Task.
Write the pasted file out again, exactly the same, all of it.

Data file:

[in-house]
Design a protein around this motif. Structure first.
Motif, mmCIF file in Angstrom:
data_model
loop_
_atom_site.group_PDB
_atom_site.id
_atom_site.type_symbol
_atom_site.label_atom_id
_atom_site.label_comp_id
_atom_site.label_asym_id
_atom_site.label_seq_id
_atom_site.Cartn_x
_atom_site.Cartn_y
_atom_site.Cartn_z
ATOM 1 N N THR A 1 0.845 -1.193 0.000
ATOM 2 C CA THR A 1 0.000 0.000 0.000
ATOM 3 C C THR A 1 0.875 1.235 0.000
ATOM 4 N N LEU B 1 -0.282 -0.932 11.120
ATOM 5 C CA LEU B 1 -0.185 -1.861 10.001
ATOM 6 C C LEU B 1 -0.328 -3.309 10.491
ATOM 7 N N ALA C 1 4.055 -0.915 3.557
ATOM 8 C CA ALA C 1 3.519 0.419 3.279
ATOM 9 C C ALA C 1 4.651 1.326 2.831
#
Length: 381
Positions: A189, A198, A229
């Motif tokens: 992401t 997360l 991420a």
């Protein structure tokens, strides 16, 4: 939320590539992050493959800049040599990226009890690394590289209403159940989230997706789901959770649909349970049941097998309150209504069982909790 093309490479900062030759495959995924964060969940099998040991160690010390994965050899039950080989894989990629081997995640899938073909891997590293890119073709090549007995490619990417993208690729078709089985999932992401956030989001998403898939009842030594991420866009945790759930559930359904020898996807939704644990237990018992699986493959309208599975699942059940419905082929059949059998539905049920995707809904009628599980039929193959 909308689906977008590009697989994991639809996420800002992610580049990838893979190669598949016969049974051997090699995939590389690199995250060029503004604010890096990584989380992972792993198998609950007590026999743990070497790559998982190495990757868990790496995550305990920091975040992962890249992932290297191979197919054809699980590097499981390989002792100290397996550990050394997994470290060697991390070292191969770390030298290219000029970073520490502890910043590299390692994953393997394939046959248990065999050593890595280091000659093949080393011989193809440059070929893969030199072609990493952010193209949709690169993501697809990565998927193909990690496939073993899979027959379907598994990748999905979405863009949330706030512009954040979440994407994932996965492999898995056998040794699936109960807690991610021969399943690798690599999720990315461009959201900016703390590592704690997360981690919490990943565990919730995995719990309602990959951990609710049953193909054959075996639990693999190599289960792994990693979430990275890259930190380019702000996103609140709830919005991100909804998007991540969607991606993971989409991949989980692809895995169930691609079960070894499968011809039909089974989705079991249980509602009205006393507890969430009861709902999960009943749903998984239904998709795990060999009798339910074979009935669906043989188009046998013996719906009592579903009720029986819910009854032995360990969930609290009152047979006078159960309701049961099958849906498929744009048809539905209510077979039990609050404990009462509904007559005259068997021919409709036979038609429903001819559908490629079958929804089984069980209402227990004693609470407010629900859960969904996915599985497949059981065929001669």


[in-house]
Design a protein around this motif. Structure first.
Motif, mmCIF file in Angstrom:
data_model
loop_
_atom_site.group_PDB
_atom_site.id
_atom_site.type_symbol
_atom_site.label_atom_id
_atom_site.label_comp_id
_atom_site.label_asym_id
_atom_site.label_seq_id
_atom_site.Cartn_x
_atom_site.Cartn_y
_atom_site.Cartn_z
ATOM 1 N N THR A 1 0.845 -1.193 0.000
ATOM 2 C CA THR A 1 0.000 0.000 0.000
ATOM 3 C C THR A 1 0.875 1.235 0.000
ATOM 4 N N LEU B 1 -0.282 -0.932 11.120
ATOM 5 C CA LEU B 1 -0.185 -1.861 10.001
ATOM 6 C C LEU B 1 -0.328 -3.309 10.491
ATOM 7 N N ALA C 1 4.055 -0.915 3.557
ATOM 8 C CA ALA C 1 3.519 0.419 3.279
ATOM 9 C C ALA C 1 4.651 1.326 2.831
#
Length: 381
Positions: A189, A198, A229
């Motif tokens: 992401t 997360l 991420a």
């Protein structure tokens, strides 16, 4: 939320590539992050493959800049040599990226009890690394590289209403159940989230997706789901959770649909349970049941097998309150209504069982909790 093309490479900062030759495959995924964060969940099998040991160690010390994965050899039950080989894989990629081997995640899938073909891997590293890119073709090549007995490619990417993208690729078709089985999932992401956030989001998403898939009842030594991420866009945790759930559930359904020898996807939704644990237990018992699986493959309208599975699942059940419905082929059949059998539905049920995707809904009628599980039929193959 909308689906977008590009697989994991639809996420800002992610580049990838893979190669598949016969049974051997090699995939590389690199995250060029503004604010890096990584989380992972792993198998609950007590026999743990070497790559998982190495990757868990790496995550305990920091975040992962890249992932290297191979197919054809699980590097499981390989002792100290397996550990050394997994470290060697991390070292191969770390030298290219000029970073520490502890910043590299390692994953393997394939046959248990065999050593890595280091000659093949080393011989193809440059070929893969030199072609990493952010193209949709690169993501697809990565998927193909990690496939073993899979027959379907598994990748999905979405863009949330706030512009954040979440994407994932996965492999898995056998040794699936109960807690991610021969399943690798690599999720990315461009959201900016703390590592704690997360981690919490990943565990919730995995719990309602990959951990609710049953193909054959075996639990693999190599289960792994990693979430990275890259930190380019702000996103609140709830919005991100909804998007991540969607991606993971989409991949989980692809895995169930691609079960070894499968011809039909089974989705079991249980509602009205006393507890969430009861709902999960009943749903998984239904998709795990060999009798339910074979009935669906043989188009046998013996719906009592579903009720029986819910009854032995360990969930609290009152047979006078159960309701049961099958849906498929744009048809539905209510077979039990609050404990009462509904007559005259068997021919409709036979038609429903001819559908490629079958929804089984069980209402227990004693609470407010629900859960969904996915599985497949059981065929001669």